My vote in Ohio’s primary.

I just returned from voting in Ohio’s primary.  I cast my ballot for Dennis Kucinich, as my choice for both the presidency and the 10th Congressional District’s representative.  And thus my conscience is clean.

I know, I know.  “You just wasted your vote,” many of you shall say.  To that I give you this simple response:  Horse shit.  The only votes wasted, dear readers, are those not cast and those cast for a candidate who doesn’t represent you.  Anyone who tells you differently is either lying to you, or doesn’t know what he’s talking about.

These are not things I write lightly.  I know quite well that what I’ve just typed shall piss off a number of people.  The truth, however, was never designed to make people happy.

Primaries are precisely the time when we as voters are supposed to stand up and vote our beliefs.  Why in God’s name would anyone vote for someone who doesn’t represent him?  “Pragmatism”?  That’s a bullshit excuse, one designed to justify keeping the status quo intact.  And for far too long, far too many Democrats have succumbed to that argument.  We voted “pragmatically” in 2004, cast our ballots for a candidate who wasn’t worth the toilet bowl he shat into, and what did it get us?  Nothing, except four more years of crap raining down upon our country.  Four more years of craven capitulation — two of them under a Democratic Congress — to a boy tyrant who in a sane world would have been removed from office and convicted of treason during the first year of his reign.

Neither Hillary Clinton or Barack Obama have earned so much as a single Democratic vote.  But for the desperation of Americans to elect anyone other than a Republican, the adulation and scorn of the corporate media, and the humongous egos of the two prima donnas themselves, they are the candidates we have been saddled with in this primary season.

There is an admonition against allowing the “perfect” to be the enemy of the “good”.  But really, how many people do you know who ask for or expect perfect?  I and everyone I know is fully aware that nothing and no one is perfect.  All we want are good policy and good representatives.  Yet each and every election cycle, we’re forced to accept the mediocre and the downright bad.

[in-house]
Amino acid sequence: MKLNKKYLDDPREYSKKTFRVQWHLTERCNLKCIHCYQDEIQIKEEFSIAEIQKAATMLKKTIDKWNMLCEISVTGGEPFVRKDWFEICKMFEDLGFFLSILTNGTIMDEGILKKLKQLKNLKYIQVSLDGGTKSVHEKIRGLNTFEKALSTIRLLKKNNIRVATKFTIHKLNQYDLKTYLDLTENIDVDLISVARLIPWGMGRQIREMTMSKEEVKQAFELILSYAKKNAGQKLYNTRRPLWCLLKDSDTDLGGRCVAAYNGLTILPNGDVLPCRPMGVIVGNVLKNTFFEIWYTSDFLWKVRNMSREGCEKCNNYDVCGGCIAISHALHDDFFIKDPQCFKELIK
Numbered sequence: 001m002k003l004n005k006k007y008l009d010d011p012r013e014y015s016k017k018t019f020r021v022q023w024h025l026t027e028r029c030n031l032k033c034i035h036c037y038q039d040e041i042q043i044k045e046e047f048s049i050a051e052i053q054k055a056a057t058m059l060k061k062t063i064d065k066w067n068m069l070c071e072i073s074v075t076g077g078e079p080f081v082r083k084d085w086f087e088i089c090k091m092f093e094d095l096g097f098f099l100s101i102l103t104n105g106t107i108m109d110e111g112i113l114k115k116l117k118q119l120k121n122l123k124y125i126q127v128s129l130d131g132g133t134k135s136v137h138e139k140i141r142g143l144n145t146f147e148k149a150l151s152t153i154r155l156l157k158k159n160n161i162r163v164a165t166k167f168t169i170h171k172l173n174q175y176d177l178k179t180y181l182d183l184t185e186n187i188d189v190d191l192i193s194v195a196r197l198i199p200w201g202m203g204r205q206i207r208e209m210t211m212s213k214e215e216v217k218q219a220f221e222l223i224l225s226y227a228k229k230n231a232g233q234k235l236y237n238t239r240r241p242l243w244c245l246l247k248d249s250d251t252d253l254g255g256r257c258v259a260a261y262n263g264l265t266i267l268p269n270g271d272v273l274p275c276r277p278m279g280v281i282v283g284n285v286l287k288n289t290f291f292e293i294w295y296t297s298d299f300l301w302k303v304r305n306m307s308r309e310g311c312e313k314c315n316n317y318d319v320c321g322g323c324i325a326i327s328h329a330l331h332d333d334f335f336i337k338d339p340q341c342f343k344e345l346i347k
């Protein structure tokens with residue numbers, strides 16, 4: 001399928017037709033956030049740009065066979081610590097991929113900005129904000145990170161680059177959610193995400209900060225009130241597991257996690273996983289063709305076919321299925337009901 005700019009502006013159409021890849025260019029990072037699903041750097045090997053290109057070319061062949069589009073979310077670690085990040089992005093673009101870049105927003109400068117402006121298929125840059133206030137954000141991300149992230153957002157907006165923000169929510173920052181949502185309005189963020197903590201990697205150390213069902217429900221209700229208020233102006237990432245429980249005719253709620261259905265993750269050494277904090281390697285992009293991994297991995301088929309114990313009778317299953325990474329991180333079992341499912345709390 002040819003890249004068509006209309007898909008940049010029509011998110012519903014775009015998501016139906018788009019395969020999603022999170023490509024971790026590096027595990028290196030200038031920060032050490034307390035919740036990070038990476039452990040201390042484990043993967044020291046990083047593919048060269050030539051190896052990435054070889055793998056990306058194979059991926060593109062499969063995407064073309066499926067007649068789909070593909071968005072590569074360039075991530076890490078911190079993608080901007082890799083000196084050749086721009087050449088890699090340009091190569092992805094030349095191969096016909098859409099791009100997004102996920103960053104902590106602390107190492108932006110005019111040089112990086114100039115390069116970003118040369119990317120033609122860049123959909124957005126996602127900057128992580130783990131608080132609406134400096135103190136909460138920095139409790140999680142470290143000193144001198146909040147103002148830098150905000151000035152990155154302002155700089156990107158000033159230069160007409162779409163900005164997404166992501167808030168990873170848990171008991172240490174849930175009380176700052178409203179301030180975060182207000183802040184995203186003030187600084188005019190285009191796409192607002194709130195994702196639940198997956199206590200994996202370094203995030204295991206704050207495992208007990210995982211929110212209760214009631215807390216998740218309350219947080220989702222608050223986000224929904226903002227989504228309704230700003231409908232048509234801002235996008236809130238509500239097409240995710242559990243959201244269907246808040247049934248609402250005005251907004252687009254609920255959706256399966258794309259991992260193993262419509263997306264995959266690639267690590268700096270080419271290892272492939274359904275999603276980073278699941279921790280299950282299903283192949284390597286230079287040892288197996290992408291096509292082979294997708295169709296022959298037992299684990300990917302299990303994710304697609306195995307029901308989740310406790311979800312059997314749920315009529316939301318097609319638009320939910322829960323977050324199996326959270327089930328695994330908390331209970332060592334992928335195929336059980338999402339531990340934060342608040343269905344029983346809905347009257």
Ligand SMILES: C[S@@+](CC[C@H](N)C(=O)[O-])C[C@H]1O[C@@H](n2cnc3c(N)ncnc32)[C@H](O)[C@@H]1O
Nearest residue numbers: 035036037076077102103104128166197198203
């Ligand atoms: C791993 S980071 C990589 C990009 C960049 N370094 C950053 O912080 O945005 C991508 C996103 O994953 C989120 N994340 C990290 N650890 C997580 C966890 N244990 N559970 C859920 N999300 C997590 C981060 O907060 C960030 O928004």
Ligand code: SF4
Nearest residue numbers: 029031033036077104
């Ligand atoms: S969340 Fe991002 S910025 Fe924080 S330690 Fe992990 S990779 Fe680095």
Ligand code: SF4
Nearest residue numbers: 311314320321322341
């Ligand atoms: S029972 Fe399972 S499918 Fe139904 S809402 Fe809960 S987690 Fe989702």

It doesn’t, and shouldn’t, have to be that way.  However you intend to vote in the general election, is this or is it not the time to vote your beliefs — to cast your ballot for the presidential candidate who represents you?  Not Big Business, not the DLC, but you.  Mr. and Ms. Average American.  To hand your ballot to someone who doesn’t represent you is to surrender it to the status quo, to send a message that, no matter how much you may complain about the way things are, you’re perfectly content to leave it as is.

That isn’t democracy, ladies and gentlemen.  It’s a monarchical system, one in which the will of the public is subjected to the greed and ambition of a political minority whose interests are to keep you beaten down and in service to the economic elite.  And I don’t know about you ladies and gentlemen, but I refuse to give in to that bullshit.  Politicians are supposed to work for us, to be our voices in the halls of power.  We are not supposed to subject our interests and political beliefs to those we employ.

Maybe your state’s primary or caucus has already been held.  Maybe it’s today, or has yet to be held.  For those of you who fall into the latter categories,ask yourselves if it isn’t worth it to challenge this fucked up system by voting for the candidate who represents you, just to see what would happen.


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  1. My opinion is that no vote is ever wasted when it is cast.

    The wasted vote is the vote not ever cast.

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